Crayfish “cheats” admit mistake

Good manners would keep anyone from asking a lady her age. If a Swedish fishseller had its way, certain crayfish would be treated with the same etiquette.

The Swedish National Food Administration has filed a complaint against frozen-food seller Pandalus, for re-stamping the packing dates and the “best-by” date on twelve tons of Turkish crayfish.

“This is cheating,” says Anders Bergman, temporary department head at the National Food Administration.

Pandalus president Peter Arvidson says the changes occurred when the company was changing the appearance of its packaging. “It’s a regrettable mistake. We will accept the punishment if we have broken the law as the National Food Administration sees it,” says Arvidson.

The fish have been recalled, but it’s possible that some packages were sold and have been eaten. The National Food Administration says there is no danger from eating the frozen goods.

The original dates on the crayfish said the boxes were packed in September 2003, but that has been changed to October 2004.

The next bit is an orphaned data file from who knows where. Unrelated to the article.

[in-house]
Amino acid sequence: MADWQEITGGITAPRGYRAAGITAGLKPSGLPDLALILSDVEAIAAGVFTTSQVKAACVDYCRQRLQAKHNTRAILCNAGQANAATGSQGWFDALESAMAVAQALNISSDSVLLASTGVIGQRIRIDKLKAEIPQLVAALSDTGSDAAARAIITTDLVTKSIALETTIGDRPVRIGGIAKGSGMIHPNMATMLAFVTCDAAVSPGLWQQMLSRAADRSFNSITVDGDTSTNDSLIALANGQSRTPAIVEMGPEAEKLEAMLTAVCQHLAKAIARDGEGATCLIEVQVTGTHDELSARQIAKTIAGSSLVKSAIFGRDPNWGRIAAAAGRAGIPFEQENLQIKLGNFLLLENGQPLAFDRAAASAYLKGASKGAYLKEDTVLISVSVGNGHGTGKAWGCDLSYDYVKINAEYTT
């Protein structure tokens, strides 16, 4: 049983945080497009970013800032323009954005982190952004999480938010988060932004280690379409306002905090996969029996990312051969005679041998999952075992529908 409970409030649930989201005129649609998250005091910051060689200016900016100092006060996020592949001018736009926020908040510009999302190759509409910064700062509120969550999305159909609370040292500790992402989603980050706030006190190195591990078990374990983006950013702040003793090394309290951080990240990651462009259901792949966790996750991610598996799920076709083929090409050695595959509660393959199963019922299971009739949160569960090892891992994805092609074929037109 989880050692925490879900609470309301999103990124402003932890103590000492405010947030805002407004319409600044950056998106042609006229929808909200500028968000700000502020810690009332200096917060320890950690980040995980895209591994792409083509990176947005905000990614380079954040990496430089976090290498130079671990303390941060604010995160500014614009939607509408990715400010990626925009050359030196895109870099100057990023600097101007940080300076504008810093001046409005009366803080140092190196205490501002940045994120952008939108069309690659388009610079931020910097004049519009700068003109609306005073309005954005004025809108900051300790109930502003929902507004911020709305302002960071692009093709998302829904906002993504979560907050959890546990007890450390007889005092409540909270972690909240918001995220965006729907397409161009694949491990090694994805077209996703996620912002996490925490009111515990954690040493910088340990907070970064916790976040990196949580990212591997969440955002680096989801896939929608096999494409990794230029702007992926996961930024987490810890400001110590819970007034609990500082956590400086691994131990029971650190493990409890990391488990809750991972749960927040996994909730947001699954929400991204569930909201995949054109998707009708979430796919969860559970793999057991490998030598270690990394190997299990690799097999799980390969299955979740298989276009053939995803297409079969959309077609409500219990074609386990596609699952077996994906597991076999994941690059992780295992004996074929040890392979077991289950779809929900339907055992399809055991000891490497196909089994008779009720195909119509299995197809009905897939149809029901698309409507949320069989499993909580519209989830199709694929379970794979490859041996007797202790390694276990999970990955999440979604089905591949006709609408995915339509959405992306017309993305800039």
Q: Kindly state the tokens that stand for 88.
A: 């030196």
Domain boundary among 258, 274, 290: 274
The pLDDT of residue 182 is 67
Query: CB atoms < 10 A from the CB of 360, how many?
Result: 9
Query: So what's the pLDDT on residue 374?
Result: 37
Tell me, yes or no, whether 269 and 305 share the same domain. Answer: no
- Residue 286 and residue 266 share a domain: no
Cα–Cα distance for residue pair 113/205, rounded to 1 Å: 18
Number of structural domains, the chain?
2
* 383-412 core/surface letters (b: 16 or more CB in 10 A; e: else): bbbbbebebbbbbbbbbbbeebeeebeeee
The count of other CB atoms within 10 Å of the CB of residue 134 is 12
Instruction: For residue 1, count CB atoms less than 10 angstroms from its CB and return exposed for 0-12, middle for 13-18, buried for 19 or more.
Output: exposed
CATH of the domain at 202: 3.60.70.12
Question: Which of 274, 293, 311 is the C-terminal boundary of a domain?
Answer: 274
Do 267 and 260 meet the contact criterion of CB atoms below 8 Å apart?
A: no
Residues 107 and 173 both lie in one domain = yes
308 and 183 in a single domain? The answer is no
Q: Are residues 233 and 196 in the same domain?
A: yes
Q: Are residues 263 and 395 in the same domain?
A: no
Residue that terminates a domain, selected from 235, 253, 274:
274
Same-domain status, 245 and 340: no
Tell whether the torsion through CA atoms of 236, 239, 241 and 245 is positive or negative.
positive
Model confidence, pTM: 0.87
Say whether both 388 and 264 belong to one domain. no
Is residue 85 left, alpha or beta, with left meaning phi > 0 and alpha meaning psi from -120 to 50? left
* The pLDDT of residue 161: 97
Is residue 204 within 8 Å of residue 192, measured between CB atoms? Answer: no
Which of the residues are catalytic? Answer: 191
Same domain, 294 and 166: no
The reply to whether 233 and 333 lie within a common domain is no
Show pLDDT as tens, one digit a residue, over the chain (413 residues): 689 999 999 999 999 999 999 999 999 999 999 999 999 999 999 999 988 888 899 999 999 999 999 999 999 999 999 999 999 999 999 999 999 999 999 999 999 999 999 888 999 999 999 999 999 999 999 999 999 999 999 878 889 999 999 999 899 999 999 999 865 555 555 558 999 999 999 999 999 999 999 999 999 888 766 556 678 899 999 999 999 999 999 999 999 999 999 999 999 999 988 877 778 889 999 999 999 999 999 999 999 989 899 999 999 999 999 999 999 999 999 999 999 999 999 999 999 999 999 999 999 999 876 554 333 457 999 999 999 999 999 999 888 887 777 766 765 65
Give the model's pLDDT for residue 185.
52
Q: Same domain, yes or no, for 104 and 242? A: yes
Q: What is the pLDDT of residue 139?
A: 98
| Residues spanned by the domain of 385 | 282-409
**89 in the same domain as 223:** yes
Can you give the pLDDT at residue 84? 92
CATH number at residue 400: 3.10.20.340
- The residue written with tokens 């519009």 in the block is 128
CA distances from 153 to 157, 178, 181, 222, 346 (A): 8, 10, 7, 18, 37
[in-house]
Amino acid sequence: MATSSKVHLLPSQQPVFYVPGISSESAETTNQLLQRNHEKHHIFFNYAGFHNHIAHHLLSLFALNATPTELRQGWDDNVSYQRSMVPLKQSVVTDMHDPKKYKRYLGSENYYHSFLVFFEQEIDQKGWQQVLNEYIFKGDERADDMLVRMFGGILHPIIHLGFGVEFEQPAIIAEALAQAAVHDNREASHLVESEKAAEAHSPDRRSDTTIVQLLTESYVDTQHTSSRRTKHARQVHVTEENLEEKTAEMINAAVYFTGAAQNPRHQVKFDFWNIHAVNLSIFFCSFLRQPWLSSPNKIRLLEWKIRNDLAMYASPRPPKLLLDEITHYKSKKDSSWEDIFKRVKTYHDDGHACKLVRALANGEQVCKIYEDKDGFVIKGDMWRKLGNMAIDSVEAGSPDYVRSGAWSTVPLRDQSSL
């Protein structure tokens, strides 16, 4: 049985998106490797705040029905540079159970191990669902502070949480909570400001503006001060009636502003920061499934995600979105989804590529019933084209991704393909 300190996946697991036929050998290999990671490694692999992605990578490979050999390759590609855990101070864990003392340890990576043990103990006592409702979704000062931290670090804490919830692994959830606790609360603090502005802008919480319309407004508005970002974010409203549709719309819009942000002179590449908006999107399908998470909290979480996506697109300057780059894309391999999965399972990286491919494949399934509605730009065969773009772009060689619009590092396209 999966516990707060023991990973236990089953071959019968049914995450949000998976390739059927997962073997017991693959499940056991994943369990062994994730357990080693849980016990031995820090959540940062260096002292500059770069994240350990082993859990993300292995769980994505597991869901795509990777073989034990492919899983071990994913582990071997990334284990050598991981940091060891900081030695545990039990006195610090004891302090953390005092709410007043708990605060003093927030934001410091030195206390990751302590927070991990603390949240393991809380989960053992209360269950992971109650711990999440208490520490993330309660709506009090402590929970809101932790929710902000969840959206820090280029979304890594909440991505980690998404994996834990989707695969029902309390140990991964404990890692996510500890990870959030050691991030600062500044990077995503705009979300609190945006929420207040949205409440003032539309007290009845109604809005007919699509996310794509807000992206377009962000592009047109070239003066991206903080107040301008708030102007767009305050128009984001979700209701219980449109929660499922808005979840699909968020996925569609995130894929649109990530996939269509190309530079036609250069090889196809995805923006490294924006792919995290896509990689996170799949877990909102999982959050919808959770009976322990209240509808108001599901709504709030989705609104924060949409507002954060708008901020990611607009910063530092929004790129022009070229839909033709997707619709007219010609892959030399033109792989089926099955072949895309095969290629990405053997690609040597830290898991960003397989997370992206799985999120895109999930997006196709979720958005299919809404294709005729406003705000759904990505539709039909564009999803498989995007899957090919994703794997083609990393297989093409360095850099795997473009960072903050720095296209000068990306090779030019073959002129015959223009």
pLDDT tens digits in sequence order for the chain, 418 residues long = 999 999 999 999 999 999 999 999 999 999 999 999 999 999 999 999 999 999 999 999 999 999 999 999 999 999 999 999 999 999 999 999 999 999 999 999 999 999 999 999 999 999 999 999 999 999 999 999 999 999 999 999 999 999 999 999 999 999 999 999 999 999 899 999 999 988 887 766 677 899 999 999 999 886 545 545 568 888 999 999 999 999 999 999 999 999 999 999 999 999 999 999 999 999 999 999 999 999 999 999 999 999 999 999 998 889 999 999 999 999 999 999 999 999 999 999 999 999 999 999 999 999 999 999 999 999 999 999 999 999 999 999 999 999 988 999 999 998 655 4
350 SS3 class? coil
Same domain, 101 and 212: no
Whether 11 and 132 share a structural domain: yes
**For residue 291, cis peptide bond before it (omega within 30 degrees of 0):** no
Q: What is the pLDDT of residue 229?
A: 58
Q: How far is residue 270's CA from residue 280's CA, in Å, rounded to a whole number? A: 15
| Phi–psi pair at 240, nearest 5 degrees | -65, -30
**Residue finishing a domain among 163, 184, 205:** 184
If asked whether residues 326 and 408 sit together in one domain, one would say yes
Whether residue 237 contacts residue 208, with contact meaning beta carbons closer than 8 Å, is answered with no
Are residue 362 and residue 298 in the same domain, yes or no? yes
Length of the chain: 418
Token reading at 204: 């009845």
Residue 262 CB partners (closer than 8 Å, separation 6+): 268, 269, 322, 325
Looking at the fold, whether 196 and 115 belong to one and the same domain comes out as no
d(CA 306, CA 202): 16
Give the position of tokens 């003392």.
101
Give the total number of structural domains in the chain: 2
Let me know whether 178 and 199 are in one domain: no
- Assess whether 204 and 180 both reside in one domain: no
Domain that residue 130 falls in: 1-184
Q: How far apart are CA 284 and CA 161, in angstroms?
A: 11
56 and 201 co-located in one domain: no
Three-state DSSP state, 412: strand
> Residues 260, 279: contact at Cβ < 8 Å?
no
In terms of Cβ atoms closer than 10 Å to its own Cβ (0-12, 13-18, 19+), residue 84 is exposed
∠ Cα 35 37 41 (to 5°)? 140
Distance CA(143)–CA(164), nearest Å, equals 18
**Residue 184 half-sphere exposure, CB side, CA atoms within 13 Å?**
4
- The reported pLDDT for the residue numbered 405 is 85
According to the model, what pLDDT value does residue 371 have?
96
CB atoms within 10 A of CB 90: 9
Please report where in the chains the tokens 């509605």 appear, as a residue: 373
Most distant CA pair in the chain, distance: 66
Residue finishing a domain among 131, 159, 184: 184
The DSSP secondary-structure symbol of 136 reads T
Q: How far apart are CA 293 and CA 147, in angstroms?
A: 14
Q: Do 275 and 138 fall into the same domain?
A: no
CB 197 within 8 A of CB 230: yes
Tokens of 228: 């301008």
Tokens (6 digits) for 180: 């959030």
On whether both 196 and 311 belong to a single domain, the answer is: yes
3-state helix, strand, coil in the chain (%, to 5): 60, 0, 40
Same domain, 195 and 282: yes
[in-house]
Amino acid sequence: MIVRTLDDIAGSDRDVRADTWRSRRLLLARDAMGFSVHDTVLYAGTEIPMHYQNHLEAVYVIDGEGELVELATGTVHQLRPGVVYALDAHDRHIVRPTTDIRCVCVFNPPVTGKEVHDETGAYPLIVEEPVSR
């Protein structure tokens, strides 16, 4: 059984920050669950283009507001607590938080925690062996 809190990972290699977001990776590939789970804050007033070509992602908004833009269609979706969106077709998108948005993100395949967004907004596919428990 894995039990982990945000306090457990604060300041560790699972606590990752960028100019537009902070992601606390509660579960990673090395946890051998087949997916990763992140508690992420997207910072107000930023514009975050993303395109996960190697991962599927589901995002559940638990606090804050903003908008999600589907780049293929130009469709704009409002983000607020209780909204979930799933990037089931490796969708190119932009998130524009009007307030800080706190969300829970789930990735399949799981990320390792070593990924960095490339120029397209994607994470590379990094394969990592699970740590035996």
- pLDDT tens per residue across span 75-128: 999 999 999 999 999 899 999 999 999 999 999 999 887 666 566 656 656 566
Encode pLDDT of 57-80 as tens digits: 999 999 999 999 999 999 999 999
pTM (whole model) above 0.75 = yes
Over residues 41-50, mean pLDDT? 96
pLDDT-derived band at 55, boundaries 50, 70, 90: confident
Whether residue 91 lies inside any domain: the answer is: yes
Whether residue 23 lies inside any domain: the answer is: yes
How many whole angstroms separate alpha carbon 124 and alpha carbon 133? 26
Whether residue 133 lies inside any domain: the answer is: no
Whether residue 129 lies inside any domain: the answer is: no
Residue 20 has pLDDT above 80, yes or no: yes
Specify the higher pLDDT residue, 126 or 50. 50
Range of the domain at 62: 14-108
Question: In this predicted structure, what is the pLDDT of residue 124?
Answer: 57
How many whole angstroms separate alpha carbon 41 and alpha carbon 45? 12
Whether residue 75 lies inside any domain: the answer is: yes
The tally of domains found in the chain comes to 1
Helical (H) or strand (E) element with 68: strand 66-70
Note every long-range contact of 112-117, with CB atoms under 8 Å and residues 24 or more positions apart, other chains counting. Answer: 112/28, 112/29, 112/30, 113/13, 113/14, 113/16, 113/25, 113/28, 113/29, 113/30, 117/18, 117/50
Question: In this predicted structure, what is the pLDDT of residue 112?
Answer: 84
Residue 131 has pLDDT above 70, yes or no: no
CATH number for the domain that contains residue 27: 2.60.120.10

Bergman says it’s a clear case of breaking the law. In the complaint to the prosecutor, the Administration is also calling for an inspection of Fryshuset Iskuben (literally translated, the Ice Cube Freezer House) in Lidköping, where the change is believed to have been made.

Bergman believes it is most harmful to change the packing date.

“In that case, the consumer believes that the goods are younger than they actually are. The consumer has a right to know exactly how old these fish are,” he says.

The National Food Administration was tipped off about the date-changes in late July, just in time to prevent some 4,520 kilos of aging crayfish from going to stores.

Though Pandalus’ Peter Arvidson says frozen fish can have a three-year shelf life, he admits that the crayfish in this matter would taste best before the first date marked – September 2005.